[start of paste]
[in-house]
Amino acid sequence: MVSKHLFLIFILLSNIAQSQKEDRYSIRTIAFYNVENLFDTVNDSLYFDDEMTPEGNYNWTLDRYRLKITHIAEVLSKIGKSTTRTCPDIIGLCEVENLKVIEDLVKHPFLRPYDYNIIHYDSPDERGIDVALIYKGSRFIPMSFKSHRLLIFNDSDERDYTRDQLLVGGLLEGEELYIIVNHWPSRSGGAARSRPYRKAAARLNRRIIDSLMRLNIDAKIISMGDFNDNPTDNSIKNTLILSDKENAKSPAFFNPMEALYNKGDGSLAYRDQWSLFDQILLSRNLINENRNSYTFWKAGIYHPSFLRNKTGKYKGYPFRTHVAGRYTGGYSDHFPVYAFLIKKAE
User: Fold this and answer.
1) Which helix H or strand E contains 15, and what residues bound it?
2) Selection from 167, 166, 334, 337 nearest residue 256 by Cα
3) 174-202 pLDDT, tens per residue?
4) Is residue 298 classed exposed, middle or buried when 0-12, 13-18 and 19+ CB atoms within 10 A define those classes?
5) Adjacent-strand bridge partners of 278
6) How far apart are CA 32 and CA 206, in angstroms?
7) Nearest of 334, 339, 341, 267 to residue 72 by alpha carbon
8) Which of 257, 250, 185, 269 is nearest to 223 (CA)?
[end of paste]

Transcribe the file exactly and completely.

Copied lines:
[in-house]
Amino acid sequence: MVSKHLFLIFILLSNIAQSQKEDRYSIRTIAFYNVENLFDTVNDSLYFDDEMTPEGNYNWTLDRYRLKITHIAEVLSKIGKSTTRTCPDIIGLCEVENLKVIEDLVKHPFLRPYDYNIIHYDSPDERGIDVALIYKGSRFIPMSFKSHRLLIFNDSDERDYTRDQLLVGGLLEGEELYIIVNHWPSRSGGAARSRPYRKAAARLNRRIIDSLMRLNIDAKIISMGDFNDNPTDNSIKNTLILSDKENAKSPAFFNPMEALYNKGDGSLAYRDQWSLFDQILLSRNLINENRNSYTFWKAGIYHPSFLRNKTGKYKGYPFRTHVAGRYTGGYSDHFPVYAFLIKKAE
User: Fold this and answer.
1) Which helix H or strand E contains 15, and what residues bound it?
2) Selection from 167, 166, 334, 337 nearest residue 256 by Cα
3) 174-202 pLDDT, tens per residue?
4) Is residue 298 classed exposed, middle or buried when 0-12, 13-18 and 19+ CB atoms within 10 A define those classes?
5) Adjacent-strand bridge partners of 278
6) How far apart are CA 32 and CA 206, in angstroms?
7) Nearest of 334, 339, 341, 267 to residue 72 by alpha carbon
8) Which of 257, 250, 185, 269 is nearest to 223 (CA)?